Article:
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A Generalized Birthday Problem
 In CRYPTO
, 2002
"... We study a kdimensional generalization of the birthday problem: given k lists of nbit values, nd some way to choose one element from each list so that the resulting k values xor to zero. For k = 2, this is just the extremely wellknown birthday problem, which has a squareroot time algorithm ..."
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We study a kdimensional generalization of the birthday problem: given k lists of nbit values, nd some way to choose one element from each list so that the resulting k values xor to zero. For k = 2, this is just the extremely wellknown birthday problem, which has a squareroot time algorithm with many applications in cryptography.
Tamagawa numbers of diagonal cubic surfaces, numerical evidence
, 2000
"... A refined version of Manin’s conjecture about the asymptotics of points of bounded height on Fano varieties has been developed by Batyrev and the authors. We test numerically this refined conjecture for some diagonal cubic surfaces. ..."
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Cited by 16 (1 self)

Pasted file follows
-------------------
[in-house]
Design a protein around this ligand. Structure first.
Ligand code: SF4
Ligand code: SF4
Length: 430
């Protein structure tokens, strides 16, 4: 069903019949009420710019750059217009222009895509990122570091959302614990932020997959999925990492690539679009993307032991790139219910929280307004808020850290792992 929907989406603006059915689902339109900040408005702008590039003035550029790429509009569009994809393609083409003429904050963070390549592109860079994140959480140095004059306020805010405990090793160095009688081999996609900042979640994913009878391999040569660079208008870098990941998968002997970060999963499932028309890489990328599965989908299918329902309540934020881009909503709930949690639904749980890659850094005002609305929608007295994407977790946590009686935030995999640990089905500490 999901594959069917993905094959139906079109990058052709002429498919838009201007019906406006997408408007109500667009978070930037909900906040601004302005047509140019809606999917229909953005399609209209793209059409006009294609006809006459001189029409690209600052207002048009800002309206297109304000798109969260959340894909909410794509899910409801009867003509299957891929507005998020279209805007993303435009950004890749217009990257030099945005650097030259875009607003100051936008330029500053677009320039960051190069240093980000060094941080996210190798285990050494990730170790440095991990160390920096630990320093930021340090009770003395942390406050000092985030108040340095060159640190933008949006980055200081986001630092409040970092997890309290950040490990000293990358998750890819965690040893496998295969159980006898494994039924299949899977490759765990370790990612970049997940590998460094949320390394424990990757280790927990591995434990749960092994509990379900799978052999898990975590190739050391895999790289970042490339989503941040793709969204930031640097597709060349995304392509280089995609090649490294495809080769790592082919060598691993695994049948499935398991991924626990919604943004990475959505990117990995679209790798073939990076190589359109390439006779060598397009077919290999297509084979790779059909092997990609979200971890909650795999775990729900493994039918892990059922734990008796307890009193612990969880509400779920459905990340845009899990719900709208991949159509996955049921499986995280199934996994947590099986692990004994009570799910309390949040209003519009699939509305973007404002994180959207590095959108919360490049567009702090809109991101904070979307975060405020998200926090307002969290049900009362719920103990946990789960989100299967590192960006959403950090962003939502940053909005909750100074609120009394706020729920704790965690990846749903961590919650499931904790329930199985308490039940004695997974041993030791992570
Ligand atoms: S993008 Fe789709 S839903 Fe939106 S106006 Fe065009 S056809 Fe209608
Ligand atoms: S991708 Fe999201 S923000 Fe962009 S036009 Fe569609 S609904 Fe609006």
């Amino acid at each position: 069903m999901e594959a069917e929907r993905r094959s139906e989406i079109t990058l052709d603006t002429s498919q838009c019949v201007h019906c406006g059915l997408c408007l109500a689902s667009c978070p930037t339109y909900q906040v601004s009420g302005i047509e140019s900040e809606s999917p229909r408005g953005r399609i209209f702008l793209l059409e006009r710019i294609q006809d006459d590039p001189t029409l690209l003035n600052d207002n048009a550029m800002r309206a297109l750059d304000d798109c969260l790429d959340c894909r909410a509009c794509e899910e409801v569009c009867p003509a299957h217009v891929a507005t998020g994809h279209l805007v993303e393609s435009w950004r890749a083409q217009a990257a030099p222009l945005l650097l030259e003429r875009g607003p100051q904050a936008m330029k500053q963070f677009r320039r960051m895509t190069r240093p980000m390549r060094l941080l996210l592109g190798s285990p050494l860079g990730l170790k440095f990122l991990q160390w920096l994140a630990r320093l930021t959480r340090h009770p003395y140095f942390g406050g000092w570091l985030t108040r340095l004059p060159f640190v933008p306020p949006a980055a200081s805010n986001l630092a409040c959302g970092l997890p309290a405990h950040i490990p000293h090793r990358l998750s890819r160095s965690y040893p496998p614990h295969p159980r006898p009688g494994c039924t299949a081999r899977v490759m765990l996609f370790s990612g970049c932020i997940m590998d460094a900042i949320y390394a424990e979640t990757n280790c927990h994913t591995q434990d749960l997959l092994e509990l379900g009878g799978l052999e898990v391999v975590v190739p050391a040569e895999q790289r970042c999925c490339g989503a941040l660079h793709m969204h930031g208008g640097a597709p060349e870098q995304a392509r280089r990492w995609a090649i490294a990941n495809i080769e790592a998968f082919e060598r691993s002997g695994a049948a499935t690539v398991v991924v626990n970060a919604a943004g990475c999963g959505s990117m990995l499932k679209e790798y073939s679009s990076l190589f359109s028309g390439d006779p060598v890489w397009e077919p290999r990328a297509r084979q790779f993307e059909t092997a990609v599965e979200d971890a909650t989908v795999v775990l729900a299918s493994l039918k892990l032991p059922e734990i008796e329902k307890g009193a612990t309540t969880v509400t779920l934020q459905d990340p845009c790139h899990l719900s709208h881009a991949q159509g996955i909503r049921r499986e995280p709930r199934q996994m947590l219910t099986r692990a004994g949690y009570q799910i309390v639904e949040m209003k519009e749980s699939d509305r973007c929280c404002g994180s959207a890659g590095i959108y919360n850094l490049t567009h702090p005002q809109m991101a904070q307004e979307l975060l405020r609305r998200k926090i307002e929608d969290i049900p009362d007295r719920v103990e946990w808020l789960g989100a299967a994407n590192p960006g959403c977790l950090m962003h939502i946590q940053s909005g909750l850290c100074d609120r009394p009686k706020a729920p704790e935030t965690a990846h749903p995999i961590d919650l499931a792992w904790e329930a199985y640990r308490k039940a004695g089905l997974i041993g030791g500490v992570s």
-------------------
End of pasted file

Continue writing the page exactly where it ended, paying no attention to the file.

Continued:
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A refined version of Manin’s conjecture about the asymptotics of points of bounded height on Fano varieties has been developed by Batyrev and the authors. We test numerically this refined conjecture for some diagonal cubic surfaces.
A Generalized Birthday Problem (extended abstract)
 In Advances in Cryptology – CRYPTO 2002
, 2002
"... We study a kdimensional generalization of the birthday problem: given k lists of nbit values, and some way to choose one element from each list so that the resulting k values xor to zero. For k = 2, this is just the extremely wellknown birthday problem, which has a squareroot time algorithm with ..."
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Cited by 6 (0 self)
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We study a kdimensional generalization of the birthday problem: given k lists of nbit values, and some way to choose one element from each list so that the resulting k values xor to zero. For k = 2, this is just the extremely wellknown birthday problem, which has a squareroot time algorithm with many applications in cryptography. In this paper, we show new algorithms for the case k > 2: we show a cuberoot time algorithm for the case of k = 4 lists, and we give an algorithm with subexponential running time when k is unrestricted.
On the minimum gap between sums of square roots of small integers I
"... Let k and n be positive integers, n> k. Define r(n, k) to be the minimum positive value of √a1 + · · ·+√ak − b1 − · · · − bk where a1, a2, · · · , ak, b1, b2, · · · , bk are positive integers no larger than n. Define R(n, k) to be − log r(n, k). It is important to find tight bounds fo ..."